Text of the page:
Off to Visit the Iguanas
31 January 2008 | Allan's Cay
When we set off at 7 am on Wednesday morning for Allan's Cay, things weren't a whole lot better. We crashed and banged our way across the deep-water corner of Northeast Providence Channel to Fleeming (sometimes spelled Fleming) Channel and onto the Exuma Bank. It was reminiscent of the Eastern Shore of Nova Scotia - except much warmer! The seas calmed after that and we had a good motor sail the rest of the way. Unfortunately the wind was once again from the southeast and we'd have been too many hours getting across without the motor. It was a long day any way because we had almost 50 nautical miles to cover, and we needed to arrive on the Bank early enough to ensure our ability to spot and steer around the coral heads. Jim and I took turns doing bow watch and signaling the helmsperson to go left or right. Our old bicycle hand signals came in handy. The heads were easy to see when the sun was unobstructed by cloud, and it was exciting to practice this new way of navigating. The Explorer charts are clear on VPR areas (where Visual Piloting Rules apply).
Jim had his fishing line out most of the way but got nary a nibble. Good thing we still had some tuna left!
We emptied our holding tank - the "stuff" gets well macerated and then pumped out off shore where there is current to disperse it. After that the smell disappeared, making the cabin a much more pleasant place.
We entered the anchorage at Allen's Cay to find a dozen or so boats already there and proceeded to engage in our most frustrating anchoring ever. We cruised past most of the boats to a space where we thought we'd have some maneuvering room. Unfortunately when I backed down on the anchor to set it, we just kept on backing as the anchor dragged along the sand. On the next try we ended up far too close to the sharp coral shoreline. On the third try, we were sitting on the sand bar that fills the centre of the bay. On the fourth try - I know you can imagine the mood on Madcap at that point! - we went further along past every single other boat to where it was less protected from the East and successfully anchored in 8 feet of water with lots of room around us.
After waiting a decent interval till our frazzled nerves settled we dinghied over to the little beach on Leaf Cay to visit with the amazing prehistoric looking iguanas. There we found large knobbly granddaddies and smaller, sleeker young'uns. They are quite used to being fed and came toward us to see what we had. Since we were empty handed, they settled for having their pictures taken. We had seen iguanas in Costa Rica a few years ago, and were happy to see some again. They really are incredible to watch with their thick, lined skin, pink and blue and brown and beige warty heads and tails that are longer than their bodies.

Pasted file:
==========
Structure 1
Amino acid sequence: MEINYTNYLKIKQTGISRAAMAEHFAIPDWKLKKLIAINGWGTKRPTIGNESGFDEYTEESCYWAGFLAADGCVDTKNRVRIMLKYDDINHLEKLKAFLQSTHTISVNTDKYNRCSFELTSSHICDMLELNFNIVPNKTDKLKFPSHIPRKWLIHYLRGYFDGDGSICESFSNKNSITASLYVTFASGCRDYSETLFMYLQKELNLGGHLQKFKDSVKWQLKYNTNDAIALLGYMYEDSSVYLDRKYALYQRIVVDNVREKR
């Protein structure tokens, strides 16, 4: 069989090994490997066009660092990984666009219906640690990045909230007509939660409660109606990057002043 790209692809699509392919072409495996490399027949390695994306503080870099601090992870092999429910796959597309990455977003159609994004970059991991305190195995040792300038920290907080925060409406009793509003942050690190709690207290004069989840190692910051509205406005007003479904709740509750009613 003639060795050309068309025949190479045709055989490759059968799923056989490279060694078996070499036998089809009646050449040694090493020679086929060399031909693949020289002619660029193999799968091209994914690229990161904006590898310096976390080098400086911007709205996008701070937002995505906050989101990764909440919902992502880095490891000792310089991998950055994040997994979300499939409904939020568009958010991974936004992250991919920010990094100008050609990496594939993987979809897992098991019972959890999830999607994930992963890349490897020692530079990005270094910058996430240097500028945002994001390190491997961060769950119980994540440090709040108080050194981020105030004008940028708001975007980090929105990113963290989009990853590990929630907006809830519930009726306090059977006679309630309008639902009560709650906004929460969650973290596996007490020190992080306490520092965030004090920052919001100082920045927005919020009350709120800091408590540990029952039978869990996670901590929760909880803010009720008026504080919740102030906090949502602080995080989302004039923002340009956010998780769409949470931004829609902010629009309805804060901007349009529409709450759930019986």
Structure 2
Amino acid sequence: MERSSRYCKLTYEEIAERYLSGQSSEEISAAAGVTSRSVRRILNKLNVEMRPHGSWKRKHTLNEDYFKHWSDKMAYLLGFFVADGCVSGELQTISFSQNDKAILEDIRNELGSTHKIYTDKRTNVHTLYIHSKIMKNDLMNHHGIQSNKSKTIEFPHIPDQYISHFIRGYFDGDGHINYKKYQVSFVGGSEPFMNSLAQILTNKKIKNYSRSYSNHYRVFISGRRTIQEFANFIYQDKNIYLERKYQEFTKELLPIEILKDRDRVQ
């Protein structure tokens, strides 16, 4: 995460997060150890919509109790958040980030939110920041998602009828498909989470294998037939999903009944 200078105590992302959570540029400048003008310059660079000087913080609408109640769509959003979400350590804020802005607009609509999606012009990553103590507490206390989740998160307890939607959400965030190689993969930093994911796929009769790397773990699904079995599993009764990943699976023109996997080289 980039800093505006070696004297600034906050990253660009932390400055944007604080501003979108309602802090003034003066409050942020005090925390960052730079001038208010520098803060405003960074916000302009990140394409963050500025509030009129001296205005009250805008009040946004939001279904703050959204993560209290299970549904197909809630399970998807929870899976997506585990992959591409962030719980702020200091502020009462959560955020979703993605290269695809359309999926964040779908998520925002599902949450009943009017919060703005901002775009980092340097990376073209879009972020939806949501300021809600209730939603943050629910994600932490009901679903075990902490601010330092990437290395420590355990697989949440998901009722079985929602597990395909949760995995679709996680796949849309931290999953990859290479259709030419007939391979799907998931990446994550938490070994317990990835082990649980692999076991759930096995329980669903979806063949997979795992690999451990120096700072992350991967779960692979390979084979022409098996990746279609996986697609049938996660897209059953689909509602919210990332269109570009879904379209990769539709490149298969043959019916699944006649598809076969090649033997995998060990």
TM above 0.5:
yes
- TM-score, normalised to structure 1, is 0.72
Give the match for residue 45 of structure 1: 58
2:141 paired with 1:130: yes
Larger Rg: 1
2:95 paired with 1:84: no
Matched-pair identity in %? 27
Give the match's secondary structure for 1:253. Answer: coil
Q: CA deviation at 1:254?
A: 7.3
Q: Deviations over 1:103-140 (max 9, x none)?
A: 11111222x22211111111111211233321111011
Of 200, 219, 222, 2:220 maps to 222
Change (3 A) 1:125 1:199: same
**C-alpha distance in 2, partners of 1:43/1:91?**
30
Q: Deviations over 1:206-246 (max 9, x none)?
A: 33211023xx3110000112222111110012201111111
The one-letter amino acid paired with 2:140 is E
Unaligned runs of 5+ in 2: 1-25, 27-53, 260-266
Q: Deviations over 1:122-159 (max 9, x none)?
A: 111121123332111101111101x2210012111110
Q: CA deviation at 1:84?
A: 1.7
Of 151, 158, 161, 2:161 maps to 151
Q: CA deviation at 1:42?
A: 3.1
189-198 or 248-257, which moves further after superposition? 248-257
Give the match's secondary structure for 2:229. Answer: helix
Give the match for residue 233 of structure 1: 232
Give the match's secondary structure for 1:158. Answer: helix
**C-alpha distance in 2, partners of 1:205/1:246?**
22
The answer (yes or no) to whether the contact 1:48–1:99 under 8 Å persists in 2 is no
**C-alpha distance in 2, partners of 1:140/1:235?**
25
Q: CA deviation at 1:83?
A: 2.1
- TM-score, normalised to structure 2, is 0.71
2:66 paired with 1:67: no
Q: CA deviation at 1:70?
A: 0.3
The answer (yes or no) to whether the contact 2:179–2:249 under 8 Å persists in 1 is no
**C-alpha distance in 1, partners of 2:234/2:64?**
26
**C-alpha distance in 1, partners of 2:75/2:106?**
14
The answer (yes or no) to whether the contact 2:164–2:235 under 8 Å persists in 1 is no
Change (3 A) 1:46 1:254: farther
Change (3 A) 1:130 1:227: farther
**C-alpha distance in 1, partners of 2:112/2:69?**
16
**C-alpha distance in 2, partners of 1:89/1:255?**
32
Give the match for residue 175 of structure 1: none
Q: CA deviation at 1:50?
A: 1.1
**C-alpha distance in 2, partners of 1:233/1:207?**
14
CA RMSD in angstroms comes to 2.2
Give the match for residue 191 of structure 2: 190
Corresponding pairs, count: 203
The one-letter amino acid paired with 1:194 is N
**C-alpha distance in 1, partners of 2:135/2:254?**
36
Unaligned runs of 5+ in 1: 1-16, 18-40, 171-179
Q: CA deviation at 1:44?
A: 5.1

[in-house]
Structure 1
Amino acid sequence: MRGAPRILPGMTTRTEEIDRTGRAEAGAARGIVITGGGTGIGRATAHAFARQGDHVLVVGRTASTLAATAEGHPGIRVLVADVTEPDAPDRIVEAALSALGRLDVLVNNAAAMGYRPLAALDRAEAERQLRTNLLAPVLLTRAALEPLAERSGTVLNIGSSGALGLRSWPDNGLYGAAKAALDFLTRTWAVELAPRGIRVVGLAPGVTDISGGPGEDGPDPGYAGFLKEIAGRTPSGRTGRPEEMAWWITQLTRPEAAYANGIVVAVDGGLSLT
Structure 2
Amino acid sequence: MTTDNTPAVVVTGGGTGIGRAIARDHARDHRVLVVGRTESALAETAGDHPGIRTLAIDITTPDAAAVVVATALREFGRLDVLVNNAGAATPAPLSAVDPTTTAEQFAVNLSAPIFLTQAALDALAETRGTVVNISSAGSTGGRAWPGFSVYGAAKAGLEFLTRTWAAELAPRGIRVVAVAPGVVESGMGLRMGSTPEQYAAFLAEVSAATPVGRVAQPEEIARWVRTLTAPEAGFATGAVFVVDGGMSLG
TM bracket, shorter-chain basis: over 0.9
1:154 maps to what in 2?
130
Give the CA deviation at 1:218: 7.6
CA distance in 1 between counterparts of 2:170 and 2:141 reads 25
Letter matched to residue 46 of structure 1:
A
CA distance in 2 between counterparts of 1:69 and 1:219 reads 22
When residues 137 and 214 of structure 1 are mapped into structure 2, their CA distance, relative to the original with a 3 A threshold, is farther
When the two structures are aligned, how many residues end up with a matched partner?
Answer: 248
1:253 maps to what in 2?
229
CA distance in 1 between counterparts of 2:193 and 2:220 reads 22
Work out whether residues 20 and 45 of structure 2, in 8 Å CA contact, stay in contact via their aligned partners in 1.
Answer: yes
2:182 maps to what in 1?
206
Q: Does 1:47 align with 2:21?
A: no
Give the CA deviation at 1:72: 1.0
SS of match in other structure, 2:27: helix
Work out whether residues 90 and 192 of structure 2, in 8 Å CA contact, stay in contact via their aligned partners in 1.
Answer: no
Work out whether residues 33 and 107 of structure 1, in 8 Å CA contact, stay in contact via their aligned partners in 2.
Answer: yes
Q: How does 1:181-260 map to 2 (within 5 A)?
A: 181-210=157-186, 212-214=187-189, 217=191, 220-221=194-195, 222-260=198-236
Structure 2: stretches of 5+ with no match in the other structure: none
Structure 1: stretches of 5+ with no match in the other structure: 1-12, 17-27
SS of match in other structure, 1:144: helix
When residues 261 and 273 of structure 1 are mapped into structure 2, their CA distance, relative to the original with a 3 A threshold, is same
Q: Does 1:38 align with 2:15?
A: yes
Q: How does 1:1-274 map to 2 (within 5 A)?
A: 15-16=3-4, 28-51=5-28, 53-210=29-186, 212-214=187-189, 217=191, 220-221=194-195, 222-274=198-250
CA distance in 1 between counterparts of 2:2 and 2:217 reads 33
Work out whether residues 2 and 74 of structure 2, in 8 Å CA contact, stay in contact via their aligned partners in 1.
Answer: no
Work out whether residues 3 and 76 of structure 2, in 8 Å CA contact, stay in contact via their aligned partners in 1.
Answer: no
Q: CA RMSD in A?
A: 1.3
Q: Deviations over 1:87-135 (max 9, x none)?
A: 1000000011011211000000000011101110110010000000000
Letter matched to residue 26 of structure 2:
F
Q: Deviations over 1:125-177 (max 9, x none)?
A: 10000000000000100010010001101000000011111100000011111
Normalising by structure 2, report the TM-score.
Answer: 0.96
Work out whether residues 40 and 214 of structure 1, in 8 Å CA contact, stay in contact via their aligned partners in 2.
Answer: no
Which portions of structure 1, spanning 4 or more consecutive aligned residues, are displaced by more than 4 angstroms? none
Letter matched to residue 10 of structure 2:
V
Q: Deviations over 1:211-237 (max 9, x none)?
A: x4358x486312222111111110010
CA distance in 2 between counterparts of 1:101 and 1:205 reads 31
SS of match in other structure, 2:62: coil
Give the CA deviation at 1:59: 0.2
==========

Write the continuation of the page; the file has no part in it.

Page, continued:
Then it was back to another dinner of grilled tuna (this time done in foil with lemon juice, onions and celery) rice and pumpkin. We passed a quiet night - the swell from the sea was just a lullaby swell and we were grateful to recover from the night before.
Next morning, Thursday, we cleaned some of the salt spray off our decks and windows and headed for the beach again. Some of my pictures had turned out blurry and I wanted another try. Then we dinghied around the corner of the cay and did a little snorkeling to see if there might be some lobsters lurking in the coral there. No lobsters unfortunately, but lots of pretty little fish. Jim was laughing at me as I went for one more swim around the bay before dragging myself up and into the dinghy again. At one time in my life, I wouldn't go 10 feet away from the boat without a pool noodle, but in this buoyant water with flippers on my feet, I feel much more secure. And snorkeling is such an amazing thing to do - just like floating in an aquarium; I would never want to pass up that experience.
Back in the harbour on board, the wind picked up to 15 -20 knots and gave us a rocky evening, but the captain was loathe to leave a secure anchorage so we rocked and rolled the evening away. We made do with soup and fresh baked biscuits instead of lobster tails for dinner.
We'll be off to Highborne Cay on Friday and probably to Norman's Cay on Saturday.